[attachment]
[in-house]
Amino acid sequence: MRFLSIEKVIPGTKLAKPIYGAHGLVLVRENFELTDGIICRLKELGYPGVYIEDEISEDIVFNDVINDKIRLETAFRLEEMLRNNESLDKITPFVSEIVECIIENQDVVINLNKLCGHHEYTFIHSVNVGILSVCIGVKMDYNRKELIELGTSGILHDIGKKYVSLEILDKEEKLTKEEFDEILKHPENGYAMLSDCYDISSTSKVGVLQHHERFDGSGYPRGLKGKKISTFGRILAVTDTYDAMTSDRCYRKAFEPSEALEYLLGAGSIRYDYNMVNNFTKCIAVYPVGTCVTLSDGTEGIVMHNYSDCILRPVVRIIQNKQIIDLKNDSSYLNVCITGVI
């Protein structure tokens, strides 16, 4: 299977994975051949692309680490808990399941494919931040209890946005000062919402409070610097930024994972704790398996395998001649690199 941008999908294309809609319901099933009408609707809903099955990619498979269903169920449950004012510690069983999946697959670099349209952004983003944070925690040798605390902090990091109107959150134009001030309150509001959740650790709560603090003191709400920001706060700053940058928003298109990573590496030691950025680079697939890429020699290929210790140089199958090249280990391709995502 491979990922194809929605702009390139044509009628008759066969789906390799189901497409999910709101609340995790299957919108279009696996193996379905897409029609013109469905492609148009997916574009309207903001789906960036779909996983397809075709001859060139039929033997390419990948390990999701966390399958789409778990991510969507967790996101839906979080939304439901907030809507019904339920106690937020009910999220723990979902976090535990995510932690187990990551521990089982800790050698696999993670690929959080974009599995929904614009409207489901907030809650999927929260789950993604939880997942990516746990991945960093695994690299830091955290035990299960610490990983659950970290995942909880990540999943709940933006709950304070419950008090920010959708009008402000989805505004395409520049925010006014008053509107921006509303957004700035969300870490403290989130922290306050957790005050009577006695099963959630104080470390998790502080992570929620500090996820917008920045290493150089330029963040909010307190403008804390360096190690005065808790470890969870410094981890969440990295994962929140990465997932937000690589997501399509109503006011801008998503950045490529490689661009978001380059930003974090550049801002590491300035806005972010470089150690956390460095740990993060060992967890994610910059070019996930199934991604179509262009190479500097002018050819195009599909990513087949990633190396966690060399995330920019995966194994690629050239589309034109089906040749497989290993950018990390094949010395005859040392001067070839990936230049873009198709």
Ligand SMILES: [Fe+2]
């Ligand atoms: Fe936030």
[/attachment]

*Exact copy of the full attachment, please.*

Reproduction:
[in-house]
Amino acid sequence: MRFLSIEKVIPGTKLAKPIYGAHGLVLVRENFELTDGIICRLKELGYPGVYIEDEISEDIVFNDVINDKIRLETAFRLEEMLRNNESLDKITPFVSEIVECIIENQDVVINLNKLCGHHEYTFIHSVNVGILSVCIGVKMDYNRKELIELGTSGILHDIGKKYVSLEILDKEEKLTKEEFDEILKHPENGYAMLSDCYDISSTSKVGVLQHHERFDGSGYPRGLKGKKISTFGRILAVTDTYDAMTSDRCYRKAFEPSEALEYLLGAGSIRYDYNMVNNFTKCIAVYPVGTCVTLSDGTEGIVMHNYSDCILRPVVRIIQNKQIIDLKNDSSYLNVCITGVI
């Protein structure tokens, strides 16, 4: 299977994975051949692309680490808990399941494919931040209890946005000062919402409070610097930024994972704790398996395998001649690199 941008999908294309809609319901099933009408609707809903099955990619498979269903169920449950004012510690069983999946697959670099349209952004983003944070925690040798605390902090990091109107959150134009001030309150509001959740650790709560603090003191709400920001706060700053940058928003298109990573590496030691950025680079697939890429020699290929210790140089199958090249280990391709995502 491979990922194809929605702009390139044509009628008759066969789906390799189901497409999910709101609340995790299957919108279009696996193996379905897409029609013109469905492609148009997916574009309207903001789906960036779909996983397809075709001859060139039929033997390419990948390990999701966390399958789409778990991510969507967790996101839906979080939304439901907030809507019904339920106690937020009910999220723990979902976090535990995510932690187990990551521990089982800790050698696999993670690929959080974009599995929904614009409207489901907030809650999927929260789950993604939880997942990516746990991945960093695994690299830091955290035990299960610490990983659950970290995942909880990540999943709940933006709950304070419950008090920010959708009008402000989805505004395409520049925010006014008053509107921006509303957004700035969300870490403290989130922290306050957790005050009577006695099963959630104080470390998790502080992570929620500090996820917008920045290493150089330029963040909010307190403008804390360096190690005065808790470890969870410094981890969440990295994962929140990465997932937000690589997501399509109503006011801008998503950045490529490689661009978001380059930003974090550049801002590491300035806005972010470089150690956390460095740990993060060992967890994610910059070019996930199934991604179509262009190479500097002018050819195009599909990513087949990633190396966690060399995330920019995966194994690629050239589309034109089906040749497989290993950018990390094949010395005859040392001067070839990936230049873009198709």
Ligand SMILES: [Fe+2]
């Ligand atoms: Fe936030």